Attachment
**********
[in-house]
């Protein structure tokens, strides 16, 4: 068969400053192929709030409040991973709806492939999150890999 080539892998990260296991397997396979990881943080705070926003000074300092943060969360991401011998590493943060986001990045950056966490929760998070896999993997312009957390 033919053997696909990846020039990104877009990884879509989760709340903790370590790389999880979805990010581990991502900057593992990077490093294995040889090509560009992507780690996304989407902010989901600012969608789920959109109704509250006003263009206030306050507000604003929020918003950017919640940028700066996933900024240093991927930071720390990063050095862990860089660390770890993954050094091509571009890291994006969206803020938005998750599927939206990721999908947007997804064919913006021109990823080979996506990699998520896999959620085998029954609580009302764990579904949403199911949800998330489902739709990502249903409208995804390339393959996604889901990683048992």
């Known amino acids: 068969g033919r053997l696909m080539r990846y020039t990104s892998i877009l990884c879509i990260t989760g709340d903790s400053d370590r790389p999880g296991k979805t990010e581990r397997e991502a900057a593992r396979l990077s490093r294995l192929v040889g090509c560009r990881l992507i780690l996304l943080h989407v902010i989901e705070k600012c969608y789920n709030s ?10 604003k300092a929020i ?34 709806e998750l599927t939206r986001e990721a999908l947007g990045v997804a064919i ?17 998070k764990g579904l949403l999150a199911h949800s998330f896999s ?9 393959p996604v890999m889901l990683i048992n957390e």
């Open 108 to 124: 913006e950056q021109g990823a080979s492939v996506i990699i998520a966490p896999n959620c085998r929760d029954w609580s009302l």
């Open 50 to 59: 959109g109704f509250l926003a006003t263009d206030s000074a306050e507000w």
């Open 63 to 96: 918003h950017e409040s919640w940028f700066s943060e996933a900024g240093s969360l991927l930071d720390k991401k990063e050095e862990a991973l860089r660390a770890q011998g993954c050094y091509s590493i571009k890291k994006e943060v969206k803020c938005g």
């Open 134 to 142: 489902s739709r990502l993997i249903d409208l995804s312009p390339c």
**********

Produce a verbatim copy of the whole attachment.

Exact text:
[in-house]
């Protein structure tokens, strides 16, 4: 068969400053192929709030409040991973709806492939999150890999 080539892998990260296991397997396979990881943080705070926003000074300092943060969360991401011998590493943060986001990045950056966490929760998070896999993997312009957390 033919053997696909990846020039990104877009990884879509989760709340903790370590790389999880979805990010581990991502900057593992990077490093294995040889090509560009992507780690996304989407902010989901600012969608789920959109109704509250006003263009206030306050507000604003929020918003950017919640940028700066996933900024240093991927930071720390990063050095862990860089660390770890993954050094091509571009890291994006969206803020938005998750599927939206990721999908947007997804064919913006021109990823080979996506990699998520896999959620085998029954609580009302764990579904949403199911949800998330489902739709990502249903409208995804390339393959996604889901990683048992």
């Known amino acids: 068969g033919r053997l696909m080539r990846y020039t990104s892998i877009l990884c879509i990260t989760g709340d903790s400053d370590r790389p999880g296991k979805t990010e581990r397997e991502a900057a593992r396979l990077s490093r294995l192929v040889g090509c560009r990881l992507i780690l996304l943080h989407v902010i989901e705070k600012c969608y789920n709030s ?10 604003k300092a929020i ?34 709806e998750l599927t939206r986001e990721a999908l947007g990045v997804a064919i ?17 998070k764990g579904l949403l999150a199911h949800s998330f896999s ?9 393959p996604v890999m889901l990683i048992n957390e």
């Open 108 to 124: 913006e950056q021109g990823a080979s492939v996506i990699i998520a966490p896999n959620c085998r929760d029954w609580s009302l």
């Open 50 to 59: 959109g109704f509250l926003a006003t263009d206030s000074a306050e507000w």
């Open 63 to 96: 918003h950017e409040s919640w940028f700066s943060e996933a900024g240093s969360l991927l930071d720390k991401k990063e050095e862990a991973l860089r660390a770890q011998g993954c050094y091509s590493i571009k890291k994006e943060v969206k803020c938005g």
């Open 134 to 142: 489902s739709r990502l993997i249903d409208l995804s312009p390339c």